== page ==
In practice: Unite Students’ ‘Gateway’ to an energy-efficiency retrofit
By joining the RBS Innovation Gateway, Unite Students gained access to a wider scope of innovative energy-efficiency solutions - some of which have been retrofitted at the Sidney Webb House in London.
Unite Students provides accommodation for around 50,000 students in more than 140 properties. As part of a portfolio upgrade to help the company reach science-based targets, Unite Students needed to explore new innovations that could help reduce energy use, heating costs and water consumption.
As is often the case, there is no one size fits all to sustainability and very few innovations are available that would prove universally applicable across Unite Students’ portfolio. However, a lifecycle refurbishment programme at the Sidney Webb House near Borough Market provided a small window of opportunity to implement energy-saving technologies in a cost-effective manner.
With a small team having to operate in a three-month retrofit window, Unite Students realised that leaning on the knowledge, expertise and data of other companies could assist with a speedy rollout of measures.
In January 2017, Unite Students joined the Innovation Gateway, and alliance of companies that collaborate to examine methods and technologies that can reduce the costs and environmental impacts of operations and buildings.
Unite Students was already working on a series of heating and lighting upgrades across other buildings in its portfolio. But after joining the Innovation Gateway the halls of resident at Sidney Webb House would act as the first building to be fitted with technologies identified through the Innovation Gateway.
So far, the Innovation Gateway alliance has sourced more than 640 building-related innovations for its partners, with RBS estimating annual operational savings of £7.5m, 200,000m3 of water and 40,000 tonnes of CO2 as a result.
As part of the retrofit which saw new kitchens and bedrooms fitted in each apartment, Unite Students also fitted the building with Mitsubishi Q-Ton Air Source Heat Pumps and Prefect Heating Controls, while also utilising its past experience with dual-flush toilets, water-saving taps and showers and LED lighting. In fact, Unite Students is close to completing a £21m LED lighting and controls upgrade – one of the few technologies that could be deployed across the entire portfolio.
Unite Students had also been examining the Mitsubishi Q-Ton Air Source Heat Pumps prior to joining the Innovation Gateway. After working with the Gateway’s partners, Unite Students fitted eight of the heat pumps – after trials at a Bristol accommodation confirmed their viability – and the Prefect Heating Controls, which automatically turns off heating in unoccupied rooms.
Sidney Webb House was once criticised over certain living condition aspects, but has since been retrofitted into a modern student accommodation.
As the new energy and heating systems have only been in place for less than two months, little data is available regarding costs and efficiency improvements. However, Unite Student trials show that the heating control with the PIR reduces heating-related consumption by around 200 kWh per bed per year. For Sidney Webb, it is anticipated that at a property level that would be 90,000 kWh per year.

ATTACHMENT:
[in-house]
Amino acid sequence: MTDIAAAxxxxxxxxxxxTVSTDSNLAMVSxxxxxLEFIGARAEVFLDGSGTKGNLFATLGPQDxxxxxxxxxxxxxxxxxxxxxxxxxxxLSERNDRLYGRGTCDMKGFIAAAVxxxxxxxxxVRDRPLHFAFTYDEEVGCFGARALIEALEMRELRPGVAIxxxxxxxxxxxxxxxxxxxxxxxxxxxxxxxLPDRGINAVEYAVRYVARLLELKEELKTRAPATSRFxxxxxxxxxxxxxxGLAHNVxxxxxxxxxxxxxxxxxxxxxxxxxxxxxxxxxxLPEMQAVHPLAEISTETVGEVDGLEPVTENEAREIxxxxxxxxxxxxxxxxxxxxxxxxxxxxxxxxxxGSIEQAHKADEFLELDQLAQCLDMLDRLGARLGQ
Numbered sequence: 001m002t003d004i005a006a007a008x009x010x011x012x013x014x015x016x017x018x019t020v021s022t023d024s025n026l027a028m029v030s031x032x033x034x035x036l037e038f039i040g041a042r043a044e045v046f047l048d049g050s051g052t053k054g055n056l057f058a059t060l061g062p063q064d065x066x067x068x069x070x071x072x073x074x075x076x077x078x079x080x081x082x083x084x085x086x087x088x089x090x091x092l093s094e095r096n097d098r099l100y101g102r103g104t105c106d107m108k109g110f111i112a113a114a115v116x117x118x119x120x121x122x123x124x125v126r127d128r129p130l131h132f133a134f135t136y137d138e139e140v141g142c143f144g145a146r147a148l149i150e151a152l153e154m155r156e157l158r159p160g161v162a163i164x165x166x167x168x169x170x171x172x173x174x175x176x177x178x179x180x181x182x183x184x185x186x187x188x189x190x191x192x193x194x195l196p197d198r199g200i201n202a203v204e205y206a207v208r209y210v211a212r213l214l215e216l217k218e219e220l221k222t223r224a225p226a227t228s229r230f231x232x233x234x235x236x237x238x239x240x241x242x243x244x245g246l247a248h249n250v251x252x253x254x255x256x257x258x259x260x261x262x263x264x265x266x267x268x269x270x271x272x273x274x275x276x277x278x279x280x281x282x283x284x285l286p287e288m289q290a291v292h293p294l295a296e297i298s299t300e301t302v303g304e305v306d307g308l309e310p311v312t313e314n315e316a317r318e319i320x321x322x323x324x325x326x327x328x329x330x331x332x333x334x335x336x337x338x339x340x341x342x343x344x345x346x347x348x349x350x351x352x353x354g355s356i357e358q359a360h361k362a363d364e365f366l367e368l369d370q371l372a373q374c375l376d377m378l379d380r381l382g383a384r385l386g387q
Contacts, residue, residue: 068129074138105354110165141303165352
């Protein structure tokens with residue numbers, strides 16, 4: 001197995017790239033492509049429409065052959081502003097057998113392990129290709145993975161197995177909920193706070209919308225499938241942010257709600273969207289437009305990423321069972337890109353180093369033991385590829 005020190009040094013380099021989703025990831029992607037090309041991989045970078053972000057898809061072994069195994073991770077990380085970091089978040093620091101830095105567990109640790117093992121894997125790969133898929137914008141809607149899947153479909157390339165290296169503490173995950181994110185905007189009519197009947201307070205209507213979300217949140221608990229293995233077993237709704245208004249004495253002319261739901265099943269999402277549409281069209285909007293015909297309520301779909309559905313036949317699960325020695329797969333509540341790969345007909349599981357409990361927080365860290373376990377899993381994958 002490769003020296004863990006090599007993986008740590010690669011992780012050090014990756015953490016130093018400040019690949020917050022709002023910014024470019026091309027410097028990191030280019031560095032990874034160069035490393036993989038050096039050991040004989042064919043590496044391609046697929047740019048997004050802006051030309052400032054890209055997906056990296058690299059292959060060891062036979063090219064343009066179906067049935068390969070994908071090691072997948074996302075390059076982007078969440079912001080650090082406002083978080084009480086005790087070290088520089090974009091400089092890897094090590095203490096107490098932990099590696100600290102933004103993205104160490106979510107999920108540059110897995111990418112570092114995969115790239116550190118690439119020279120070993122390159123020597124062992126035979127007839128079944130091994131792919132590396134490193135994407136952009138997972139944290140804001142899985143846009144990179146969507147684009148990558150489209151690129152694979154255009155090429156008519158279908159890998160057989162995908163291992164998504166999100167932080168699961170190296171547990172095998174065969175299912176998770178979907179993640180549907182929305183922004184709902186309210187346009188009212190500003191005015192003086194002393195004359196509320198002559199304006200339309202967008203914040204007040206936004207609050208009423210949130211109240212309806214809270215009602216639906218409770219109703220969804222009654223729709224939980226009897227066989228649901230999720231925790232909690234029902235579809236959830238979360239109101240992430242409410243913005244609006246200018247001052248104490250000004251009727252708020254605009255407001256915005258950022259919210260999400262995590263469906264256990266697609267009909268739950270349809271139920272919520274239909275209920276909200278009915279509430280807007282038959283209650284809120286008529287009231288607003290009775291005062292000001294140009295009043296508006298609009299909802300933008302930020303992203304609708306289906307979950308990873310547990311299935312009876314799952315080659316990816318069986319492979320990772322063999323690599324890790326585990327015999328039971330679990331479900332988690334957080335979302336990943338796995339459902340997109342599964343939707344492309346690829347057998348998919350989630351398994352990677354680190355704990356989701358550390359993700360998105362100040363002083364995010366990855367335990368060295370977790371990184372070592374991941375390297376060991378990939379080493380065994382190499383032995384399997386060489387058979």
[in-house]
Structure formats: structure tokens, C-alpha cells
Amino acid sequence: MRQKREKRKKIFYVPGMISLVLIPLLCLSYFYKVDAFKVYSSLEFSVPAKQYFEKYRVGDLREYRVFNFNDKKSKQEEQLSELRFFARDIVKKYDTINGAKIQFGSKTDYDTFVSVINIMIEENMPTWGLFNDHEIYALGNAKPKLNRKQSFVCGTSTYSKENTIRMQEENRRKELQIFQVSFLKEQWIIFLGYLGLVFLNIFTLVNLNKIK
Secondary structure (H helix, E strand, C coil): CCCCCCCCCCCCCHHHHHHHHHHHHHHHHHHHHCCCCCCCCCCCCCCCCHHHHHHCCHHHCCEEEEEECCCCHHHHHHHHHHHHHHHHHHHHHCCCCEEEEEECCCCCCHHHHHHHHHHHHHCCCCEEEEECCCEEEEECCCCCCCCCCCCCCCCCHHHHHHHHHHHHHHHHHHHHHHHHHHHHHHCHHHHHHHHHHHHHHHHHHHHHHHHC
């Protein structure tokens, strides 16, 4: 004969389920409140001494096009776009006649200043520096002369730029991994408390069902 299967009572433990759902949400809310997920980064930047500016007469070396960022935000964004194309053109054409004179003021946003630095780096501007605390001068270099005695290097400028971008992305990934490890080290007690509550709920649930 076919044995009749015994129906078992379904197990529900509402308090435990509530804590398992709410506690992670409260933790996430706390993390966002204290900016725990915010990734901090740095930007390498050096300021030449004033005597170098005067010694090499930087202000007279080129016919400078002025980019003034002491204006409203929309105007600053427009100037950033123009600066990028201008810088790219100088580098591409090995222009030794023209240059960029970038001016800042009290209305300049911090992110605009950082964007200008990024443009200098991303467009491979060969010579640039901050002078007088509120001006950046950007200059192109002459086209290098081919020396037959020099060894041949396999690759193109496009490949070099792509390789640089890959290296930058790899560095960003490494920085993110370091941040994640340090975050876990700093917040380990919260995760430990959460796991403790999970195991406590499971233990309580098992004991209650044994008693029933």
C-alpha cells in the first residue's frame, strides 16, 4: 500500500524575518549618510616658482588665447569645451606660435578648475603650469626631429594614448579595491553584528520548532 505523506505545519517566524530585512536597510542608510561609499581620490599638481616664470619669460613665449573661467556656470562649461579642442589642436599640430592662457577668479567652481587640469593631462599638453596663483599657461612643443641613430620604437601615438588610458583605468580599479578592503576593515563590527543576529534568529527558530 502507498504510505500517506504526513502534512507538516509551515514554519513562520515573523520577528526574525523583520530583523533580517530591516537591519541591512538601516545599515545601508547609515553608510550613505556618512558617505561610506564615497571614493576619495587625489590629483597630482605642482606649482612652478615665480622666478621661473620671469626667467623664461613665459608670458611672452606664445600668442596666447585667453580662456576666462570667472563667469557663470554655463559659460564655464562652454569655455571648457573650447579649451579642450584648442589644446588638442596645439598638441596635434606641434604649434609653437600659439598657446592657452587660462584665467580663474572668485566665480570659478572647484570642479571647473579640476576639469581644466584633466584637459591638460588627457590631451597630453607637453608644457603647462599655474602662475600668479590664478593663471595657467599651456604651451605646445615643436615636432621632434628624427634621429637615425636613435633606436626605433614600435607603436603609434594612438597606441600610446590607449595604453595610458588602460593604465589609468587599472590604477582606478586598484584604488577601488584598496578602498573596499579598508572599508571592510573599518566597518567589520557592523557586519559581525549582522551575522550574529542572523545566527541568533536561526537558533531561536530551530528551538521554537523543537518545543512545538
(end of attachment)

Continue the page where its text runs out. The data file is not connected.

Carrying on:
The heat pumps are expected to reduce hot water energy consumption significantly, with Unite Students claiming that savings could potentially reach 60%.
Before the LEDs were installed, lighting was accountable for about 20% of the building’s load. It is expected that these levels will be halved following the retrofit. In some instances, the savings from the LEDs will be minimal – such as ensuite bathrooms – but in others, such as Landlord corridors, consumption can be reduced by up to 90%.
Unite Students involvement in the Innovation Gateway will also provide benefits for the energy and environment team. Both group energy and environment manager James Tiernan and technical solutions manager Gareth Chaplin noted that the Gateway enabled them to improve the process of finding the best solutions for Unite Student buildings. It also meant they could spend less time looking for potential solutions, as a diverse pool of tested technologies was now open to them.
Unite Students is currently working with the Science-Based Targets Initiative to finalise its carbon reduction goals, but the energy efficiency of its building’s will act as an integral factor regardless.
As well as evaluating its building portfolio under ESOS assessments – a process which identified around £150m in lifetime savings that could be achieved through energy efficiency measures – Unite Students is also exploring numerous other technologies.
Networked heating, hot water controls, onsite renewable energy, dynamic demand side management (DSM), battery storage, building services controls and optimisation, and building fabric improvements have all been outlined as potential and current projects.
As for the Sidney Webb House, United Students will monitor the performance of the embedded technologies, feeding data back to the Innovation Gateway so that others can benefit from the findings.
Unite Students is also looking at retrofitting numerous other buildings and will use the data sourced from Sidney Webb House to discuss what solutions, if any, would be viable, notably for the heat pump retrofit.
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